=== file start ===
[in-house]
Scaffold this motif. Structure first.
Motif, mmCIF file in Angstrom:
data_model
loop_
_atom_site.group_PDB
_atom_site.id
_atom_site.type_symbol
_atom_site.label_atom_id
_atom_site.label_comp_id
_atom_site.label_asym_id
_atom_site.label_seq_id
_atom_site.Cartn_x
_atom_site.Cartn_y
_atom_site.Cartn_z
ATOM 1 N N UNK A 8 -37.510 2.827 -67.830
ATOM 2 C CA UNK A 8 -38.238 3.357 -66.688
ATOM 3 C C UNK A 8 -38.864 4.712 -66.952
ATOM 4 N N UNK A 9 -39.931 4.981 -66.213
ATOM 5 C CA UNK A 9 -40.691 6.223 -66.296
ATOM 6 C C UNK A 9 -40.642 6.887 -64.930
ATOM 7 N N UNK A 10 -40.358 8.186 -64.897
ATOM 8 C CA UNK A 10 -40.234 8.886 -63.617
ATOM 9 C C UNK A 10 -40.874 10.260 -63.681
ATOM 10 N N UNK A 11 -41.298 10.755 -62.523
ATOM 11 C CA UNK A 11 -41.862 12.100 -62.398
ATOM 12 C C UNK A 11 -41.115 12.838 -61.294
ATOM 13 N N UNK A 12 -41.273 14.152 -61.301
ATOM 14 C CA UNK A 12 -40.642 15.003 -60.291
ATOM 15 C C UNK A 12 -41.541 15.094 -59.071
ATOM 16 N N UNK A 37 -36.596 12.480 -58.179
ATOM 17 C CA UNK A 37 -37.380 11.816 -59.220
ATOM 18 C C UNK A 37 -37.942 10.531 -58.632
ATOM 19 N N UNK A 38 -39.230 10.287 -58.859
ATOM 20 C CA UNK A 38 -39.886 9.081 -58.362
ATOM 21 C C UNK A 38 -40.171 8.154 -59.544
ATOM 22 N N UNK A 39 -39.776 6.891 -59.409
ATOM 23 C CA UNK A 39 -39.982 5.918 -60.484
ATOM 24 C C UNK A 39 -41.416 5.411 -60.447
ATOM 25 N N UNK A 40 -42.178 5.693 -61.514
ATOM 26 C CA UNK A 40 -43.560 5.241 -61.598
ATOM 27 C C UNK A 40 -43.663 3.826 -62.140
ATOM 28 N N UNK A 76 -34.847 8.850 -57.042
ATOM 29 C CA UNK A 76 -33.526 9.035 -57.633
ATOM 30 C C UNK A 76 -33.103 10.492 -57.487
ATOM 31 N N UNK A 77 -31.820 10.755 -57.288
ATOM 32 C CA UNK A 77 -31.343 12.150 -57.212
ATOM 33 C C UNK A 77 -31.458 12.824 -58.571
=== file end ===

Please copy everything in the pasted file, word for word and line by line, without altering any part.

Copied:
[in-house]
Scaffold this motif. Structure first.
Motif, mmCIF file in Angstrom:
data_model
loop_
_atom_site.group_PDB
_atom_site.id
_atom_site.type_symbol
_atom_site.label_atom_id
_atom_site.label_comp_id
_atom_site.label_asym_id
_atom_site.label_seq_id
_atom_site.Cartn_x
_atom_site.Cartn_y
_atom_site.Cartn_z
ATOM 1 N N UNK A 8 -37.510 2.827 -67.830
ATOM 2 C CA UNK A 8 -38.238 3.357 -66.688
ATOM 3 C C UNK A 8 -38.864 4.712 -66.952
ATOM 4 N N UNK A 9 -39.931 4.981 -66.213
ATOM 5 C CA UNK A 9 -40.691 6.223 -66.296
ATOM 6 C C UNK A 9 -40.642 6.887 -64.930
ATOM 7 N N UNK A 10 -40.358 8.186 -64.897
ATOM 8 C CA UNK A 10 -40.234 8.886 -63.617
ATOM 9 C C UNK A 10 -40.874 10.260 -63.681
ATOM 10 N N UNK A 11 -41.298 10.755 -62.523
ATOM 11 C CA UNK A 11 -41.862 12.100 -62.398
ATOM 12 C C UNK A 11 -41.115 12.838 -61.294
ATOM 13 N N UNK A 12 -41.273 14.152 -61.301
ATOM 14 C CA UNK A 12 -40.642 15.003 -60.291
ATOM 15 C C UNK A 12 -41.541 15.094 -59.071
ATOM 16 N N UNK A 37 -36.596 12.480 -58.179
ATOM 17 C CA UNK A 37 -37.380 11.816 -59.220
ATOM 18 C C UNK A 37 -37.942 10.531 -58.632
ATOM 19 N N UNK A 38 -39.230 10.287 -58.859
ATOM 20 C CA UNK A 38 -39.886 9.081 -58.362
ATOM 21 C C UNK A 38 -40.171 8.154 -59.544
ATOM 22 N N UNK A 39 -39.776 6.891 -59.409
ATOM 23 C CA UNK A 39 -39.982 5.918 -60.484
ATOM 24 C C UNK A 39 -41.416 5.411 -60.447
ATOM 25 N N UNK A 40 -42.178 5.693 -61.514
ATOM 26 C CA UNK A 40 -43.560 5.241 -61.598
ATOM 27 C C UNK A 40 -43.663 3.826 -62.140
ATOM 28 N N UNK A 76 -34.847 8.850 -57.042
ATOM 29 C CA UNK A 76 -33.526 9.035 -57.633
ATOM 30 C C UNK A 76 -33.103 10.492 -57.487
ATOM 31 N N UNK A 77 -31.820 10.755 -57.288
ATOM 32 C CA UNK A 77 -31.343 12.150 -57.212
ATOM 33 C C UNK A 77 -31.458 12.824 -58.571